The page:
A study of the blood supply in the hippocampus, a brain region considered to be the “control center” of memories and learning, could provide a possible explanation for one of the early symptoms most typically associated with Alzheimer’s disease, namely loss of memory.
Based on a mouse study conducted by the University of Sussex and published in Nature Communications, even in non-pathological conditions, the blood supply of a part of the neurons of the hippocampus would be barely sufficient to keep the nerve cells alive; thus, when any other factor intervenes that reduces the blood supply to this area, those cells do not receive enough oxygen and die.
On the razor’s edge. A group of scientists from the University of Sussex studied blood circulation and thus oxygenation in the brains of mice, and used simulations to figure out how much blood was getting to the neurons farthest from the blood vessels. From the analysis it emerged that these nerve cells in an unfortunate position normally receive a “right right” amount of oxygen: in short, they live a bit at the limit, and when other factors intervene on the blood circulation, such as those related to the disease, they cease to work.
In this case, the neurons in the hippocampus of mice receive less blood than those in the visual cortex (the brain area that analyzes the shape, location and movement of objects), perhaps because they are less “carried” in contracting to dilate blood vessels.
Errors and memory lapses. This could be one of the possible reasons for the amnesia that lead to suspicion of the onset of Alzheimer’s disease. As Catherine Hall, a neuroscientist among the authors of the study, explains, “the same factors that lead to a risk of heart attack also increase that of developing dementia. In fact, our brain needs enough blood to derive energy – in the form of oxygen and glucose – for the cells to function properly, and also because the bloodstream can remove waste such as beta amyloid proteins that accumulate in the body. Alzheimer’s disease “.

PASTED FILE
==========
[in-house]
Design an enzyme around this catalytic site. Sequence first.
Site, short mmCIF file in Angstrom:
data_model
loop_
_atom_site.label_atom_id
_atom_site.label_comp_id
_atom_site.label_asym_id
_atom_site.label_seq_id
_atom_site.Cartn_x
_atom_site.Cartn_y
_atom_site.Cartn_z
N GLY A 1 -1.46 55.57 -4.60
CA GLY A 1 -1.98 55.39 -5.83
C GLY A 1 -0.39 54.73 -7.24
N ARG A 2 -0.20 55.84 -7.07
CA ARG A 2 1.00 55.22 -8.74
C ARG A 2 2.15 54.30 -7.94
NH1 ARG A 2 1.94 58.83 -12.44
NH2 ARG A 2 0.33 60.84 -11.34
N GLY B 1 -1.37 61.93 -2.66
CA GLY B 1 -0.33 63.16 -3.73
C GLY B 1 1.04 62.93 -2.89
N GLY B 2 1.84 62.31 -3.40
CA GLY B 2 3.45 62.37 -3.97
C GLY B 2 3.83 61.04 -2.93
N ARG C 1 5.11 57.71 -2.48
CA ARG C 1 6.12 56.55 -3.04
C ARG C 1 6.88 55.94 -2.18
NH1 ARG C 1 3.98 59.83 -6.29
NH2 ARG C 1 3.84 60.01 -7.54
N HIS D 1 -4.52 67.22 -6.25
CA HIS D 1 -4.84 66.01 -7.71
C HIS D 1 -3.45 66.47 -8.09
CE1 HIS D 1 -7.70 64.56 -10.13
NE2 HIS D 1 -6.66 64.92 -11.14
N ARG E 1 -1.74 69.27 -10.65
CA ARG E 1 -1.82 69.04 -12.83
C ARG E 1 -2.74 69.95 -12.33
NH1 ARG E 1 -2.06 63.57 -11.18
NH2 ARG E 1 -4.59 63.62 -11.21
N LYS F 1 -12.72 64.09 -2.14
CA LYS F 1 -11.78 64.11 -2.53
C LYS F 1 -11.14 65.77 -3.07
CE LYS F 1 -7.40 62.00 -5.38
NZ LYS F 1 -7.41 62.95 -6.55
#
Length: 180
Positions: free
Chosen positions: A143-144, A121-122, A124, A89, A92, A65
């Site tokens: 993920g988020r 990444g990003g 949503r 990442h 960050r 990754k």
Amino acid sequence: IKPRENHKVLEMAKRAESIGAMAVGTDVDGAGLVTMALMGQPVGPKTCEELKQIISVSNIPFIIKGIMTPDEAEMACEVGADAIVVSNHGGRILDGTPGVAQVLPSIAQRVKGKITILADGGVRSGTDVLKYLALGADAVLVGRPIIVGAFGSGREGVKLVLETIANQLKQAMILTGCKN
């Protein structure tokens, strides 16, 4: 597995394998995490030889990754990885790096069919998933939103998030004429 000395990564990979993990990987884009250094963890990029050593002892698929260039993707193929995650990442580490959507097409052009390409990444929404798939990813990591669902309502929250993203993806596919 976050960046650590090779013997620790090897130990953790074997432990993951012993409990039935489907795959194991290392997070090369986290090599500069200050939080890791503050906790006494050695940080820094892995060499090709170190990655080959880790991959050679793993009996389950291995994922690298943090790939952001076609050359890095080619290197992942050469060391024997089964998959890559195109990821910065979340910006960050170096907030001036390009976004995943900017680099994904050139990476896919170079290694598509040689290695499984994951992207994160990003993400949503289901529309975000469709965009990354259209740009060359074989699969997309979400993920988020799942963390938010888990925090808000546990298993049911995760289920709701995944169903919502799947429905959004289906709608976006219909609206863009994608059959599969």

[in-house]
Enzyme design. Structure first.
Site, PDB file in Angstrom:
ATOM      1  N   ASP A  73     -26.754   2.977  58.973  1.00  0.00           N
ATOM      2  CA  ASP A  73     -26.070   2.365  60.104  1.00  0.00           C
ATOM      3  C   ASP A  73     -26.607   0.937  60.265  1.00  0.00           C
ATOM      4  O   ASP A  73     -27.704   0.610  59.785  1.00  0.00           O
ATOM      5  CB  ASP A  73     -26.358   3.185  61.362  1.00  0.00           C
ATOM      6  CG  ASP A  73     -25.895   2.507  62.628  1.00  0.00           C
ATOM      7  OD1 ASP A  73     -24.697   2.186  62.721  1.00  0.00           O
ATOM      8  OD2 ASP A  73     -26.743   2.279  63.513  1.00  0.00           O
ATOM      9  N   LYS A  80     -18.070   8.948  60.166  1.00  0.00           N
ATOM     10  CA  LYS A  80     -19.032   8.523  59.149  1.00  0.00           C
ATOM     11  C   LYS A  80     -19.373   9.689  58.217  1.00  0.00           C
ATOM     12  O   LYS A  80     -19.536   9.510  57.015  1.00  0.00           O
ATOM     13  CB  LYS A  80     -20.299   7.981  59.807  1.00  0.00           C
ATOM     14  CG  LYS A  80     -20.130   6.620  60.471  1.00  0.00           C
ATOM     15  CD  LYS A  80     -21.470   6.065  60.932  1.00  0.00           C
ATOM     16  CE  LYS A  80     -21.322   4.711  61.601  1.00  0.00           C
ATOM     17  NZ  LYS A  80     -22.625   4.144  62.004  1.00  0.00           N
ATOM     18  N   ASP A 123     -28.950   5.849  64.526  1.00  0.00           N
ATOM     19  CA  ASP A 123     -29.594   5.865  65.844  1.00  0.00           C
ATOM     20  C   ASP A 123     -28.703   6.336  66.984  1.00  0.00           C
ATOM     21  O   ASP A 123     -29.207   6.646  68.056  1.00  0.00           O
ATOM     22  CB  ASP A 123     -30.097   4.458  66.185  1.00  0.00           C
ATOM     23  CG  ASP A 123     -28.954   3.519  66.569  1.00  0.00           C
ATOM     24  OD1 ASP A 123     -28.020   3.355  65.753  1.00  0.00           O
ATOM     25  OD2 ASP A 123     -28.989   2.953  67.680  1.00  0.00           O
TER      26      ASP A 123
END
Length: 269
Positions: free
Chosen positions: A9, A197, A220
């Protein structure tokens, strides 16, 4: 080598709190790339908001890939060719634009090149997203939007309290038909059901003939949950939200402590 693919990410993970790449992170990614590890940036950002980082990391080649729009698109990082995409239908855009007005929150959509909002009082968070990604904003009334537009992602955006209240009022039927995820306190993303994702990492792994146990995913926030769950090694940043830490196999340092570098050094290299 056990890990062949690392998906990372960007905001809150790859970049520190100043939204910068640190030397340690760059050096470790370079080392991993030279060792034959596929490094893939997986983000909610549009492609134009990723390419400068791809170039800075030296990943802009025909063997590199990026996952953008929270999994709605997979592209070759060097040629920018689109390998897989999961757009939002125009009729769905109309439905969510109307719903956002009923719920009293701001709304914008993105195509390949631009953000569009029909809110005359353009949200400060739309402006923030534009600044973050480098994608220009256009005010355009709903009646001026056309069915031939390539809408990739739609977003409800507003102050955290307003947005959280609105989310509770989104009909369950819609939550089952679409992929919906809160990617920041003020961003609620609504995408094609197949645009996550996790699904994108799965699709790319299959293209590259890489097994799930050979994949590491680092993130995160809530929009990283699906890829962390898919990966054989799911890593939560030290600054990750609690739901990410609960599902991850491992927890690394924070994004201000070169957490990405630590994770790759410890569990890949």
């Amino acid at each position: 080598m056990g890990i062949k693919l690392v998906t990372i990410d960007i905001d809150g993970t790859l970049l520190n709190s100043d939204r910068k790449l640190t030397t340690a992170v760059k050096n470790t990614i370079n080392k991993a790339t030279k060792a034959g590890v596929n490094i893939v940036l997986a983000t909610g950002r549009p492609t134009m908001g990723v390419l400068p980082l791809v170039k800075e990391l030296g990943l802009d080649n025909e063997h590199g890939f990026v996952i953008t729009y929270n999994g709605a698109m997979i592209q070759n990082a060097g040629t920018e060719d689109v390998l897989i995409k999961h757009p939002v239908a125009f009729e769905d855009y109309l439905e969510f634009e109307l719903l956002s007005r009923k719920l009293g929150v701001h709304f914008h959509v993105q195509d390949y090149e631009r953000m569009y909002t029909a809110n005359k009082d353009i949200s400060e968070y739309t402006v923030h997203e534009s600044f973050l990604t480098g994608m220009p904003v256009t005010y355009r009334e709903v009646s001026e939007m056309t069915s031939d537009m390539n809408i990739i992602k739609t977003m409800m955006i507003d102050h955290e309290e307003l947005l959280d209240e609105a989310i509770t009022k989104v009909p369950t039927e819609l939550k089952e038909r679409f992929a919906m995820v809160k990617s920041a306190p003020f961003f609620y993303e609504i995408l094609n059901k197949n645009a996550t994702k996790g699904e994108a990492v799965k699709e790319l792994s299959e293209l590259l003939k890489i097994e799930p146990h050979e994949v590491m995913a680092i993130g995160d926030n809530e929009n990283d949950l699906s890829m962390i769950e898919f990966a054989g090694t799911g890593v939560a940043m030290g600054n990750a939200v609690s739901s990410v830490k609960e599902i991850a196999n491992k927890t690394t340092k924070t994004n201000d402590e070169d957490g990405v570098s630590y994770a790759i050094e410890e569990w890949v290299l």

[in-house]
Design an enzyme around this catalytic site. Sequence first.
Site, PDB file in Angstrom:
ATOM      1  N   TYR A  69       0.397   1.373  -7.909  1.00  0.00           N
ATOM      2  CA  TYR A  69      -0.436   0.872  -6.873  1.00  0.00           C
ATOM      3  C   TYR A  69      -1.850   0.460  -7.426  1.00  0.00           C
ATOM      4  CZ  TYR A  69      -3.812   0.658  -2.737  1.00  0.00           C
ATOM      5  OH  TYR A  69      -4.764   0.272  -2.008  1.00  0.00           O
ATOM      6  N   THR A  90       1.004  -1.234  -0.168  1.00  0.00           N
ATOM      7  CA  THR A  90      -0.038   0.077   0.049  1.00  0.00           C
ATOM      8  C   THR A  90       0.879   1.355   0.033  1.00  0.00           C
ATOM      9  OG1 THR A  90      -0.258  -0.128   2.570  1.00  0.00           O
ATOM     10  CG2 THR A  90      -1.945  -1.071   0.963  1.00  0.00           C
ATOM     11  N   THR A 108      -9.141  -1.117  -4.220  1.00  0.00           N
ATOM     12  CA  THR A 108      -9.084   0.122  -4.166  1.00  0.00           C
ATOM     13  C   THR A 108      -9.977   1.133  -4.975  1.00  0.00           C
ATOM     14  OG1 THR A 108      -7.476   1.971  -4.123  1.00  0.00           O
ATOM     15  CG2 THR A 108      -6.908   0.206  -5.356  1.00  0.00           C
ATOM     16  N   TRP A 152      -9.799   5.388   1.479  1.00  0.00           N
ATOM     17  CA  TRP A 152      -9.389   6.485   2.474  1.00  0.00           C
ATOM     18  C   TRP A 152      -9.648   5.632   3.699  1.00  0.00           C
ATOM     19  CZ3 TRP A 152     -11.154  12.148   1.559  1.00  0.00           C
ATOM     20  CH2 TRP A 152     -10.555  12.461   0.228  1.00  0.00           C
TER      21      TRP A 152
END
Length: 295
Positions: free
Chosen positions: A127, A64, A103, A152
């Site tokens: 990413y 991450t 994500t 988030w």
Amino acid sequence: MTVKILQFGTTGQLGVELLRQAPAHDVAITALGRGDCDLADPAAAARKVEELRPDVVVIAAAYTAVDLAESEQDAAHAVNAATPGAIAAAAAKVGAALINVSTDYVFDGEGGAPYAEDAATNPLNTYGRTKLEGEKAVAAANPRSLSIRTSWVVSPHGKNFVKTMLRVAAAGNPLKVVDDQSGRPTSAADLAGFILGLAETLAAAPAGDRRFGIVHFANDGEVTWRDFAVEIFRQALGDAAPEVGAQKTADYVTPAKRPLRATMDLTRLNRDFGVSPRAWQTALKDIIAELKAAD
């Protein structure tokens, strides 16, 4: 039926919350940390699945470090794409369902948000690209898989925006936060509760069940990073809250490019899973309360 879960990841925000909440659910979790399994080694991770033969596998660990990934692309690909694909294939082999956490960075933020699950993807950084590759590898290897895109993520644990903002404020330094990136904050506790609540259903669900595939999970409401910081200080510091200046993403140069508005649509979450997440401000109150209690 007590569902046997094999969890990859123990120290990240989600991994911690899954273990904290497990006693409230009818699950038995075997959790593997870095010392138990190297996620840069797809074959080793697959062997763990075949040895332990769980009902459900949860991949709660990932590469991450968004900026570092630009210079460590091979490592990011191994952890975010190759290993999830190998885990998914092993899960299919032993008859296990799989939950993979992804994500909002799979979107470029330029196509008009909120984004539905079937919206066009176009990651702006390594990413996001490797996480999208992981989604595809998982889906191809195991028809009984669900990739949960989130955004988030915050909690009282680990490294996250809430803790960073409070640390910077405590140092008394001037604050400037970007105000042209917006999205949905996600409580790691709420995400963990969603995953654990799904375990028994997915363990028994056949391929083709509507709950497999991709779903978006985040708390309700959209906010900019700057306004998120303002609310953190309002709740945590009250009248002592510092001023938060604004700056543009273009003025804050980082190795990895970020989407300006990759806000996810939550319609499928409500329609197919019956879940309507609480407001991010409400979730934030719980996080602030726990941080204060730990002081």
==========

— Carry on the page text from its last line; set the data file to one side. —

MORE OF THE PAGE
A help in prevention? If these findings also apply to humans, and it is true that increasing the blood supply to the hippocampus reduces memory loss in Alzheimer’s disease, then we could translate our concerns into prevention and increase oxygen-enhancing activities. of the brain, such as physical activity and healthy eating (already associated with a lower risk of developing dementia).
Scientists are also trying to understand whether impaired blood circulation and oxygenation of the hippocampus may also be behind the accumulations of beta-amyloid protein typical of Alzheimer’s disease. In Italy there are about 600,000 people affected by this form of dementia, a number destined to increase due to a disease that involves, in addition to the sick, entire families. The causes of Alzheimer’s disease are still unclear, and the attempts so far spent to find drug treatments have not yielded the desired results.